How to Coast in Biglaw

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How to Coast in Biglaw

Postby Anonymous User » Wed Jan 11, 2017 12:13 pm

I'm a third year associate that is pretty burnt out and have been feeling this way for a few months. As someone that never had anxiety, I find myself anxious all the time and really disliking the work I do. I want to quit but have way too much debt still from law school. I started working out more and eating healthier, and it helps, but I still don't have enough time to get solid sleep and do other things that I enjoy. People close to me mentioned that I care too much and i'm too hard on myself to be good and I should stop caring and just try to coast for as long as I can. My question is, how? If things need to get done, how do you say screw it and leave at 7 pm and turn your phone off? I've heard of other people trying to do this and getting fired (which frankly, i don't even care if i do), but is there a good way to be mediocre without being terrible?

1styearlateral
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Re: How to Coast in Biglaw

Postby 1styearlateral » Wed Jan 11, 2017 12:29 pm

I believe stress really comes down to time management. I assume you're corporate so I can't really offer any helpful advice on that end. But if you're lit, like me, being a good writer can eliminate a lot of stress because you can get most things done correctly the first time around. Also, if you have the foresight to not leave things off until the last minute, you're far less likely to be swamped with deadlines on top of each other. Sometimes this is uncontrollable, like when a partner dumps a reply on a motion returnable at the end of the week. But for the most part, I'm not super stressed outside of trial work because I leave myself room for error (and others' errors).

But like I said, if you're corporate, which it sounds like, you're pretty much screwed in terms of time management.

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Lacepiece23
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Re: How to Coast in Biglaw

Postby Lacepiece23 » Wed Jan 11, 2017 12:31 pm

Anonymous User wrote:I'm a third year associate that is pretty burnt out and have been feeling this way for a few months. As someone that never had anxiety, I find myself anxious all the time and really disliking the work I do. I want to quit but have way too much debt still from law school. I started working out more and eating healthier, and it helps, but I still don't have enough time to get solid sleep and do other things that I enjoy. People close to me mentioned that I care too much and i'm too hard on myself to be good and I should stop caring and just try to coast for as long as I can. My question is, how? If things need to get done, how do you say screw it and leave at 7 pm and turn your phone off? I've heard of other people trying to do this and getting fired (which frankly, i don't even care if i do), but is there a good way to be mediocre without being terrible?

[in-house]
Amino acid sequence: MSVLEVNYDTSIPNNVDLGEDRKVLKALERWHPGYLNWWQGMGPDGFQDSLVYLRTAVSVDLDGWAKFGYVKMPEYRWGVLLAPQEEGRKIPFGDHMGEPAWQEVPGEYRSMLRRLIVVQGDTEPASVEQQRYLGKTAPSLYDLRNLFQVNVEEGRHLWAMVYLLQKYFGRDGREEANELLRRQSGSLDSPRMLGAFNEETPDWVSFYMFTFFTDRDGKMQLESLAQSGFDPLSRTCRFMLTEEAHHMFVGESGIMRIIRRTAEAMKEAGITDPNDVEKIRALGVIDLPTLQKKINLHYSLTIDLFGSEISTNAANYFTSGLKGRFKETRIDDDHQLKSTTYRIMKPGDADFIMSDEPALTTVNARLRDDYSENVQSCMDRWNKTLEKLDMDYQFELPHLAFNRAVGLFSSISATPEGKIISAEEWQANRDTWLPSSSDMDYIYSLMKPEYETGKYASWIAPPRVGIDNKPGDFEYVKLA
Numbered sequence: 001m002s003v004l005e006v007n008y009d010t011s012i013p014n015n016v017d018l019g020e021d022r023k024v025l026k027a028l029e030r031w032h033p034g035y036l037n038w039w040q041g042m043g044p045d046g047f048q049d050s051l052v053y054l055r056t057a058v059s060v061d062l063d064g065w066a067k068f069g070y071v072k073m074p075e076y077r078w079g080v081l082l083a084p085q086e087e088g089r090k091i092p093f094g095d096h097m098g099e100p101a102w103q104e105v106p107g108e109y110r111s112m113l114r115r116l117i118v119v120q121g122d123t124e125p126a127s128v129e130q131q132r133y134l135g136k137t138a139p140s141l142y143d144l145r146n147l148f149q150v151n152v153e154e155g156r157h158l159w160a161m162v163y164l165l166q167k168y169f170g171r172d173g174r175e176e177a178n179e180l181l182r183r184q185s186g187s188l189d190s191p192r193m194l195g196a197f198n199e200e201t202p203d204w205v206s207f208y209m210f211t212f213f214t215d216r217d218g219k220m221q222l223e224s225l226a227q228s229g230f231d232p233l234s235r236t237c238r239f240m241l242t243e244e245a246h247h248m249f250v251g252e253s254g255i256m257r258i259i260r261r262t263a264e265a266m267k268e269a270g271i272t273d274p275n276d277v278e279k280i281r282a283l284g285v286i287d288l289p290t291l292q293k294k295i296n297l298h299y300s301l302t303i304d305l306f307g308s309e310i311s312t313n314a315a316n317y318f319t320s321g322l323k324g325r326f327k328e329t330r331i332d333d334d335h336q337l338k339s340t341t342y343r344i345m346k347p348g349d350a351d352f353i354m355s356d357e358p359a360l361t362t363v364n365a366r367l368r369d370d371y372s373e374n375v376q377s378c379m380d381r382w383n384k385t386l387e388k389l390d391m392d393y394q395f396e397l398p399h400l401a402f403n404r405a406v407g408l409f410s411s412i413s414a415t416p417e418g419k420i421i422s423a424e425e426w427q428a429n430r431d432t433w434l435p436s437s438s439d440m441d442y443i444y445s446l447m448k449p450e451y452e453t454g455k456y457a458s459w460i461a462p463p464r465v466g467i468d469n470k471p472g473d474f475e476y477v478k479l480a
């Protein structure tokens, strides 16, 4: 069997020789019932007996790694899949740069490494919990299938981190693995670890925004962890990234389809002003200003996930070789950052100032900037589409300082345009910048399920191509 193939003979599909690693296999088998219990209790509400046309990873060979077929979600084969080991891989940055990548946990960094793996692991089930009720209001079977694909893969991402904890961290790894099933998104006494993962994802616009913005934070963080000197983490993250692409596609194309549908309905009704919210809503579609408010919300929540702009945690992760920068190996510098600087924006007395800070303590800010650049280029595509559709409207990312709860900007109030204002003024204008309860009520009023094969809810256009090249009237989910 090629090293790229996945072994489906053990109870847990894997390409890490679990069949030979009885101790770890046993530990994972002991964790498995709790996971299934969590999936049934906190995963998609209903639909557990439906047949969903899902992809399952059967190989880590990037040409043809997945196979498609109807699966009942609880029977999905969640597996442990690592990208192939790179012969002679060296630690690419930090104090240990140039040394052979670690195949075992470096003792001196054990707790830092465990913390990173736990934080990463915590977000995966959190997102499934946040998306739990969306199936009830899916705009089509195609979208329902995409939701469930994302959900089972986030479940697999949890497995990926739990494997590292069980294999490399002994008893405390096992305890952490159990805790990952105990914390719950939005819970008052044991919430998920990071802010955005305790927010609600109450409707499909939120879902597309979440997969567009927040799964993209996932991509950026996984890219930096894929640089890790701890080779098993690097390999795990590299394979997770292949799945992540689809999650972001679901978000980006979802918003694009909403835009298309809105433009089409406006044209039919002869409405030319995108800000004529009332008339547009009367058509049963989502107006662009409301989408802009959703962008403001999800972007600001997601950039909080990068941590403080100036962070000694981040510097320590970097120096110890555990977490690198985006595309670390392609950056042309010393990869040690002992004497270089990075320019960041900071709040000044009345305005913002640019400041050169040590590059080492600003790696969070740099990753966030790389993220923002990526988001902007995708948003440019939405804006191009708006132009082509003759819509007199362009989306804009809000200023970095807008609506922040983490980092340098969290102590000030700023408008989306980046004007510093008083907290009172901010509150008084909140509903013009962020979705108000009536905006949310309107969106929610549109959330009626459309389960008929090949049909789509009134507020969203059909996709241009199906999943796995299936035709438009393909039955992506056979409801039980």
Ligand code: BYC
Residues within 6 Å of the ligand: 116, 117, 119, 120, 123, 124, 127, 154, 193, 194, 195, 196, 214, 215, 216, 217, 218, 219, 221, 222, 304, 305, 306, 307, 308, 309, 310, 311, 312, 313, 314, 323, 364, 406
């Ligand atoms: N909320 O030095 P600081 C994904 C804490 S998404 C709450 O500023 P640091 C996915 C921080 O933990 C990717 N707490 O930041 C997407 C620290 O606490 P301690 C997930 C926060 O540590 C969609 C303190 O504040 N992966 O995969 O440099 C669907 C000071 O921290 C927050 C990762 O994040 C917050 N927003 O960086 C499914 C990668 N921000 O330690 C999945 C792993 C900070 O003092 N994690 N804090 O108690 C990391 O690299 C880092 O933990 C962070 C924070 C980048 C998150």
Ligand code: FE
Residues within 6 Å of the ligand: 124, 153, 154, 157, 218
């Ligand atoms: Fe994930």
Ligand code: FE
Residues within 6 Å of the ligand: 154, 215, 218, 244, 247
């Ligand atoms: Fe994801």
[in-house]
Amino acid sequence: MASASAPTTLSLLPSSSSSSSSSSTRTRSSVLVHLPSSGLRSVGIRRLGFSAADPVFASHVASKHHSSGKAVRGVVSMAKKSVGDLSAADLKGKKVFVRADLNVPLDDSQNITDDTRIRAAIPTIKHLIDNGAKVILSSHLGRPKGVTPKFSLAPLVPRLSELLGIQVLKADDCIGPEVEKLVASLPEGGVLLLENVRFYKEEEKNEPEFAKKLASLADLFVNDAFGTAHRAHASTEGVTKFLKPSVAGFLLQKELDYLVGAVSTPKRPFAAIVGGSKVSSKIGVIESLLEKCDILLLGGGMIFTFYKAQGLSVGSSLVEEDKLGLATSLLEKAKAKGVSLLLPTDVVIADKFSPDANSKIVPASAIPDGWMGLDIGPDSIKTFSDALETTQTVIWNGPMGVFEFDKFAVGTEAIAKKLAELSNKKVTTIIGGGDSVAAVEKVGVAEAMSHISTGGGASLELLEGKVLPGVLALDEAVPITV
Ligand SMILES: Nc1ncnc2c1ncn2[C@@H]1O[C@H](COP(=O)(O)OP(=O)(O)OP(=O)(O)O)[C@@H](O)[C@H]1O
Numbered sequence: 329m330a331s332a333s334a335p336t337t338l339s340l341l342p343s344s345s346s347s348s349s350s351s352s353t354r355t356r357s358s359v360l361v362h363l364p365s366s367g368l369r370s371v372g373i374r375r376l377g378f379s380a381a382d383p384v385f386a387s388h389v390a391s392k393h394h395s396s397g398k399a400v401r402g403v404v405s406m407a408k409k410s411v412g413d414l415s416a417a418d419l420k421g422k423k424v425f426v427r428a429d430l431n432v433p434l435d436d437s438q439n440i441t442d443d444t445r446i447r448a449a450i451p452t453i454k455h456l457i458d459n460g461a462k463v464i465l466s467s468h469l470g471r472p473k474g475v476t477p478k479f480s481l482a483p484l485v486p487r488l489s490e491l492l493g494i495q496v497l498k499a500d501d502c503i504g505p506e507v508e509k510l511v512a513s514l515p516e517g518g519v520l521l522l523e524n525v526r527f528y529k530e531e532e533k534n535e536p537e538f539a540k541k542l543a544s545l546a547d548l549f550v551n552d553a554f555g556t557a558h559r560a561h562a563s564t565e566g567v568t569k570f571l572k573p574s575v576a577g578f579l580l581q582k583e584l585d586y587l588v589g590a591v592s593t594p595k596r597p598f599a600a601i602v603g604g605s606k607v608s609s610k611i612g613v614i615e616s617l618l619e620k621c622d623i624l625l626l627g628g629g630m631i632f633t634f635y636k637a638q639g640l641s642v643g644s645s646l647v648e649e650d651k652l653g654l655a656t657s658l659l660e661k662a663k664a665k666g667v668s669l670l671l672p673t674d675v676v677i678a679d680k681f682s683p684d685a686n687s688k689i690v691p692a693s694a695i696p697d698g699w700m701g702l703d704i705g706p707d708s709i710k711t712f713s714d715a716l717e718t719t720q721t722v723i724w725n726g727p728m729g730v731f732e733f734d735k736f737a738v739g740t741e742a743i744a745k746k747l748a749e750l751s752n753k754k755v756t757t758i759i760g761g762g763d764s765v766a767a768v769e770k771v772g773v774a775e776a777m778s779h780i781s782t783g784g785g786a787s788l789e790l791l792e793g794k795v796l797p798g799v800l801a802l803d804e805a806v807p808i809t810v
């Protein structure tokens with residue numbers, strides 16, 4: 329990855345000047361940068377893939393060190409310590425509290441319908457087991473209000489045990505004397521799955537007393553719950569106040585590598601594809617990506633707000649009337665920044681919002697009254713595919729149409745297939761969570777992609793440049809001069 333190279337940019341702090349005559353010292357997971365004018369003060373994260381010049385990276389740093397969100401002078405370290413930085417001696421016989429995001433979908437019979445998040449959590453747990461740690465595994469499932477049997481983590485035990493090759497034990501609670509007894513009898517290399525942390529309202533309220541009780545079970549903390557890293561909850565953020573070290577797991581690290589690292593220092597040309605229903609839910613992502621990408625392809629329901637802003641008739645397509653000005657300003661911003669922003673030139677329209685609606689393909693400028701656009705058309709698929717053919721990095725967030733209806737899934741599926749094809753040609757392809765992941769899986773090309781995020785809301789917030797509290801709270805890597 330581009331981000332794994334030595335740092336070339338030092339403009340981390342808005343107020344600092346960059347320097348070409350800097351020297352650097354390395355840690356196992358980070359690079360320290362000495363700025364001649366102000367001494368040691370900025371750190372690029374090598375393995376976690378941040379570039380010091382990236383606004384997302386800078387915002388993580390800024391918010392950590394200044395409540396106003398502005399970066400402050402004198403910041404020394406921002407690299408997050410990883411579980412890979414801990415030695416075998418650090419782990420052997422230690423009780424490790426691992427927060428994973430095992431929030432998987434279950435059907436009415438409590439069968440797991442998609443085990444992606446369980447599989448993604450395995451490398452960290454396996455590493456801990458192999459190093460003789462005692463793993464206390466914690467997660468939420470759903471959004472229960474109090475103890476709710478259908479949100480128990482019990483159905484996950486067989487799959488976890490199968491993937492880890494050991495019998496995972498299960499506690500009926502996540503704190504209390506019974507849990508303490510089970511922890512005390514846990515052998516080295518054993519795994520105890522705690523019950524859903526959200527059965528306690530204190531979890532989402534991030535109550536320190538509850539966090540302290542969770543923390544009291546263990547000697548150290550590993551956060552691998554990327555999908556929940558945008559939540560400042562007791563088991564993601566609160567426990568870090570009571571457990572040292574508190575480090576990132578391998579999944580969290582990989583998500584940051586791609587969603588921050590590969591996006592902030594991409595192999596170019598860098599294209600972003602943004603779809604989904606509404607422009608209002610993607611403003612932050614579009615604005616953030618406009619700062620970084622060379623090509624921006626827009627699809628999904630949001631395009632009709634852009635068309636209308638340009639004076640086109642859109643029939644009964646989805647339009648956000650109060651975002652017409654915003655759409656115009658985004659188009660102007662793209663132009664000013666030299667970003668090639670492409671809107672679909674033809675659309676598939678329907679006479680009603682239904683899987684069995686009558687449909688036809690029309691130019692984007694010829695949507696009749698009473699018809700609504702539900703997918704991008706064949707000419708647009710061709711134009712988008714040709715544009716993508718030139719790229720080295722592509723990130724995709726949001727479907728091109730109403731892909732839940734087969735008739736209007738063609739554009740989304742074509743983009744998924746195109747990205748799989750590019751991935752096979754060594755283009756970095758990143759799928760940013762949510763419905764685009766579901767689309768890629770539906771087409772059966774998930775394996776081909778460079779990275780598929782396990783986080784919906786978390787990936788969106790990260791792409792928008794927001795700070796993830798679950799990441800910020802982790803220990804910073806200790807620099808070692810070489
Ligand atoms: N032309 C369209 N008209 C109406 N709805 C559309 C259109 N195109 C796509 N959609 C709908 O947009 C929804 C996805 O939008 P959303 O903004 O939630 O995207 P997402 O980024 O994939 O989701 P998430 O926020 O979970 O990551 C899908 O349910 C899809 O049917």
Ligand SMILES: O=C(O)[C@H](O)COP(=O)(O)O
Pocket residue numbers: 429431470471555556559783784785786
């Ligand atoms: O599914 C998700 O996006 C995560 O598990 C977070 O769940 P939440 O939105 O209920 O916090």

You're probably getting crushed because everyone knows that you are good at your job. My advice would be to prioritize who the best people are to work for and only work for them, I'm a year below you, but if I was in demand like you are, I'd say eff it to anyone who wasn't good to work for (biglaw standards). They need you more than you need them. Its not like you're gunning for partner, and need everyone at the firm to vouch for you.

And, who knows, in a couple years time you may decide that you want to make a push for partner. At that point you can try to ramp back up again with people. To make partner you have to make senior associate first.

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Re: How to Coast in Biglaw

Postby Anonymous User » Wed Jan 11, 2017 12:36 pm

No great help I'm sure, but:

1. Come in later (law often demands nights, but rarely demands early mornings),
2. Do a better job of managing peoples' expectations (clients and partners; before, during, and after each assignment),
3. Work remotely when possible (full days and also just evenings), and
4. Take vacation.

I think number 2 is the hardest and most important.

-Fellow Third Year in a Similar Position

*Also, knowing when to tackle projects and when to take your time is important... not letting stuff pile up can be important, but so too can keeping consistent hours so as to have a legitimate excuse to avoid new matters.
Last edited by Anonymous User on Wed Jan 11, 2017 1:47 pm, edited 1 time in total.

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Re: How to Coast in Biglaw

Postby Anonymous User » Wed Jan 11, 2017 12:55 pm

Not to hijack because I'm interested in the same thing, but I'm a first year. Corporate, satellite on the West Coast. I don't really need to stay past 2.5 years to meet my financial goals. Hell, I don't want to stay longer than I have to. I just want to cruise until I GTFO.

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Re: How to Coast in Biglaw

Postby itbdvorm » Wed Jan 11, 2017 1:23 pm